After being fined $5,000 for holding an in-person worship service in violation of Manitoba province’s public health order, a Canadian church was prevented by police from holding a drive-in worship service on Sunday.
The Church of God Steinbach posted a video on its Facebook page showing “lots and lots of police” blocking churchgoers on a snowy day from entering the church’s parking lot for the 9:30 a.m. service. Unable to enter, dozens of cars lined up outside the parking lot and listened to the pastor preach from the outdoor stage through radio broadcast.
“God has given us the right to worship Him together and He wants to see His people united,” Senior Pastor Henry Hildebrandt said from the stage. “It seems like we’re living in a different Canada. It’s very heartbreaking to me.”
The church in rural Manitoba had received a $5,000 ticket last week for conducting a service despite COVID-19-related restrictions. But it said it will still hold a service on Sunday “in protest of these tyrannical edicts.”
In an open letter last week, Hildebrandt argued that while “the Bible teaches Christians to be good citizens and obey the reasonable demands of our government,” it does not “teach blind obedience to the authorities when onerous restrictions are placed on our freedoms.”
“We are not asking for special treatment, just equal treatment,” the pastor wrote, noting that businesses such as liquor stores and Walmart are allowed to remain open. “[I]t is our faith community that is singled out for public criticism, media attention, and visits by the RCMP, Manitoba Public Health and local bylaw enforcement. There must be an allowable expression of faith that is deemed essential while we are allowing the sale of products at establishments that exist solely for the sale of alcohol, coffee, donuts, cannabis, and fast food.”
While grateful for the police, the pastor urged them to resist the enforcement of “draconian and unconstitutional orders.”
Ahead of Sunday’s blocked drive-in worship service, Manitoba’s chief provincial public health officer, Dr. Brent Roussin, indicated that the government would enforce public health restrictions.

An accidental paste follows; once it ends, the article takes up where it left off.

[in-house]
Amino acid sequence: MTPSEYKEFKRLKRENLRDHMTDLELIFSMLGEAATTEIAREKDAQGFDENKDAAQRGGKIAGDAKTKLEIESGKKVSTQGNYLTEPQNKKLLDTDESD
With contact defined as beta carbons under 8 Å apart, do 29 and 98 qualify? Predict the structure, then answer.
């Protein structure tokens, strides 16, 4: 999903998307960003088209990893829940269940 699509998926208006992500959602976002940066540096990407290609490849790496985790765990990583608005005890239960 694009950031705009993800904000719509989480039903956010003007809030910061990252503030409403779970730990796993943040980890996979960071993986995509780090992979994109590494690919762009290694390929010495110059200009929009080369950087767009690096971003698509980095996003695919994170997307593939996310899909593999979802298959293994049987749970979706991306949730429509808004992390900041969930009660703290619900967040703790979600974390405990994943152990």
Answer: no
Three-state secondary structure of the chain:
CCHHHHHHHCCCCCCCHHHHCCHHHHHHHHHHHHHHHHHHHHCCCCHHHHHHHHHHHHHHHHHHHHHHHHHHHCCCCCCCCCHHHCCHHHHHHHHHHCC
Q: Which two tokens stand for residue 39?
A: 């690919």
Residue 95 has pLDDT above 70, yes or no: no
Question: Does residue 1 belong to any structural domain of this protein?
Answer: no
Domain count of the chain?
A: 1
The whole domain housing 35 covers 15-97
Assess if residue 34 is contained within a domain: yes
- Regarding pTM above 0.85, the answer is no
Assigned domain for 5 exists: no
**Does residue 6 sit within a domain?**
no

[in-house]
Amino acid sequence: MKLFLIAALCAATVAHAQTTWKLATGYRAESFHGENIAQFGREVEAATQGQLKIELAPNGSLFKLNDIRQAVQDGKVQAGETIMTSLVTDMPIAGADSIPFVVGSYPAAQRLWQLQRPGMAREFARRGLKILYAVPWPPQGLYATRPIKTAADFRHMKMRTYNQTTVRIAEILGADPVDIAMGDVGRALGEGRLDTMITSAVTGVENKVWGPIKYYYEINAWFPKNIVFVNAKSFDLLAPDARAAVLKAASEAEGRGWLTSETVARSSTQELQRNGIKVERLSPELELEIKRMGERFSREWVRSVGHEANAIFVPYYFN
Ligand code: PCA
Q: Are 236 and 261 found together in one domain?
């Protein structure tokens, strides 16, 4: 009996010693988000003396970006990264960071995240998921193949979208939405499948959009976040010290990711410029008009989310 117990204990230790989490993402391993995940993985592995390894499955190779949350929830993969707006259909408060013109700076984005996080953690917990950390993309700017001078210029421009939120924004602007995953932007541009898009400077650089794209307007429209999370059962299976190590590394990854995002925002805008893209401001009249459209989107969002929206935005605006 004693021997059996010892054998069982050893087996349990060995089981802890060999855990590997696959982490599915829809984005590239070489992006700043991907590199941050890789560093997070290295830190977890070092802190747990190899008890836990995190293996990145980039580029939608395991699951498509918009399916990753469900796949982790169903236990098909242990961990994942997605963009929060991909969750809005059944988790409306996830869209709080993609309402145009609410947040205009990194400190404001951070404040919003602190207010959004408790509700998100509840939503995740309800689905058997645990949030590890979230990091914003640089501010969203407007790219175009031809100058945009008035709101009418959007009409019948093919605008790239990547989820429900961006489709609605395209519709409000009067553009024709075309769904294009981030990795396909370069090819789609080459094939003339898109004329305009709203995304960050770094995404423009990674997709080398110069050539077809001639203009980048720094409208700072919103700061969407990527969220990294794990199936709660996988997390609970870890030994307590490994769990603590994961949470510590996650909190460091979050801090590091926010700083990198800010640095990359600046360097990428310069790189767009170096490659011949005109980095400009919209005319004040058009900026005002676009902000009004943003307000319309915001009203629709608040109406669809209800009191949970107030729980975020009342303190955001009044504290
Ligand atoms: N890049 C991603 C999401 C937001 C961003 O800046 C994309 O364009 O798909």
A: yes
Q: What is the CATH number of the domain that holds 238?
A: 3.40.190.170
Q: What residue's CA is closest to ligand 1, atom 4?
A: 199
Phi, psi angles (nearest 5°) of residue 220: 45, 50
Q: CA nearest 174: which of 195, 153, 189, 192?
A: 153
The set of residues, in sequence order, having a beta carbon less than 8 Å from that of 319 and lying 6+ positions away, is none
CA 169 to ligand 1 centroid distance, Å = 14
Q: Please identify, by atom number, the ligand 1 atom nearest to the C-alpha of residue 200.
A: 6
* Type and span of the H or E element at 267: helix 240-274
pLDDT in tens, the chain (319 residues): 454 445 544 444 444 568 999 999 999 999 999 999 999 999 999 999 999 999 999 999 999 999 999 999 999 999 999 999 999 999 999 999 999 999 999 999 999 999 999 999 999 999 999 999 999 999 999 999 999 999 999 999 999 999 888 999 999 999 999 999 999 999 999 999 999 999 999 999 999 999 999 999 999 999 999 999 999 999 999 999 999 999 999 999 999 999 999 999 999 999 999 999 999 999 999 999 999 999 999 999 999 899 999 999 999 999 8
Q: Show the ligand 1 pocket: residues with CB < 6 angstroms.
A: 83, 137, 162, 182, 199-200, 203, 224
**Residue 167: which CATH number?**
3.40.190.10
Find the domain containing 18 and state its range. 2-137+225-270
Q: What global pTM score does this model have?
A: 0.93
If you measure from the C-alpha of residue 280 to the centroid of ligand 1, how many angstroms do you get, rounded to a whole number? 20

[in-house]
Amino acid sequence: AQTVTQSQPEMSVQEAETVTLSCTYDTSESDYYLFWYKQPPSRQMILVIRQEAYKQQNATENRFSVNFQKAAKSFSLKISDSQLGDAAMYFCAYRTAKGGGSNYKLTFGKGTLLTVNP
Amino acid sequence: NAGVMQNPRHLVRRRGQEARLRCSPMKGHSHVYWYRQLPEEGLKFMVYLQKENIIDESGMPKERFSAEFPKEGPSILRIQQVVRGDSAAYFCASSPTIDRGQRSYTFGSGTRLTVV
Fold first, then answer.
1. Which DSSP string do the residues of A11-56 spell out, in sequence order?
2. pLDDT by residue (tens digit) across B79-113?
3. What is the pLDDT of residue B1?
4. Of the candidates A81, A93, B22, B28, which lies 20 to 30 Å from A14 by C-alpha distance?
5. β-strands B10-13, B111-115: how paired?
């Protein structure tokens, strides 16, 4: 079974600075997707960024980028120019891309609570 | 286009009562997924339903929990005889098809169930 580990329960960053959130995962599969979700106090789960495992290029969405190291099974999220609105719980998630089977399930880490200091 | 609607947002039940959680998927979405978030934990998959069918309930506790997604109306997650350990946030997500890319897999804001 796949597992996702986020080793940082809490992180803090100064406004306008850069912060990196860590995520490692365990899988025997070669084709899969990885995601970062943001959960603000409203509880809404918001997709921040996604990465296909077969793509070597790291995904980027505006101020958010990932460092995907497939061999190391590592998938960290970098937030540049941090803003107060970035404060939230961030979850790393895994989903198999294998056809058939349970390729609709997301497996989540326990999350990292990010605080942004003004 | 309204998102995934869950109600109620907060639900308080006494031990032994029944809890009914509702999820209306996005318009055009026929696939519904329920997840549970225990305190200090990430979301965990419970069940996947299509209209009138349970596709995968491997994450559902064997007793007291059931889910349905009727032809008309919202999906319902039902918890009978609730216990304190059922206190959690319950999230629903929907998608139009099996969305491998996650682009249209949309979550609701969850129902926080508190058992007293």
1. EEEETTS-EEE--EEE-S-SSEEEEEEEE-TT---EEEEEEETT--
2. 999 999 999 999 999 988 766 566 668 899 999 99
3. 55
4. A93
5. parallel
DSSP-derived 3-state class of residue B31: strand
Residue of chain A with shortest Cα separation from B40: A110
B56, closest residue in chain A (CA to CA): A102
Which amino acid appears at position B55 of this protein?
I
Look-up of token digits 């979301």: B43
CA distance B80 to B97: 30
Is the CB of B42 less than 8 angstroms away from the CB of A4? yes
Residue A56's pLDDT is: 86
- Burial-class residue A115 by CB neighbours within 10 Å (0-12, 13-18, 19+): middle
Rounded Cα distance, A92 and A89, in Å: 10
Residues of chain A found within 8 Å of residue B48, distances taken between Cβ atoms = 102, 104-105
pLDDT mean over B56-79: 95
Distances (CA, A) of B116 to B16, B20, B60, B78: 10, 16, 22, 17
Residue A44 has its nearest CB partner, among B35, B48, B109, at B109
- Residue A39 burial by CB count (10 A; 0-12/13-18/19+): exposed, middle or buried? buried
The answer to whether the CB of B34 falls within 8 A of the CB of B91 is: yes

“If somebody was undertaking activity that we felt put the health of the public at risk, we could issue a health hazard order that would require an organization to close. There could be continued fines, there could be prosecution under the Public Health Act. So those are just the various options available to enforce things,” he said, according to CBC.
Churchgoers were urged not to engage in any abusive behavior toward the police.
As of Friday, there were 15,632 confirmed cases of COVID-19 in Manitoba, including 266 deaths and 6,487 recoveries.
Hildebrandt told The Epoch Times, “This principle is not just about in-person services — this is a wholesale attack on faith and the freedom of the church to do its God-called duty.”
He also complained that fundamental freedoms were being eroded “at a historically alarming rate.”
Churches in the United States have also been fighting legal battles to exercise their rights and freedoms to worship.
The Supreme Court ruled in favor of a Catholic diocese and an Orthodox Jewish group last week, temporarily blocking New York’s COVID-19 restrictions on houses of worship.
“Members of this Court are not public health experts, and we should respect the judgment of those with special expertise and responsibility in this area. But even in a pandemic, the Constitution cannot be put away and forgotten,” the high court said in its 5-4 ruling Wednesday. “The restrictions at issue here, by effectively barring many from attending religious services, strike at the very heart of the First Amendment’s guarantee of religious liberty.”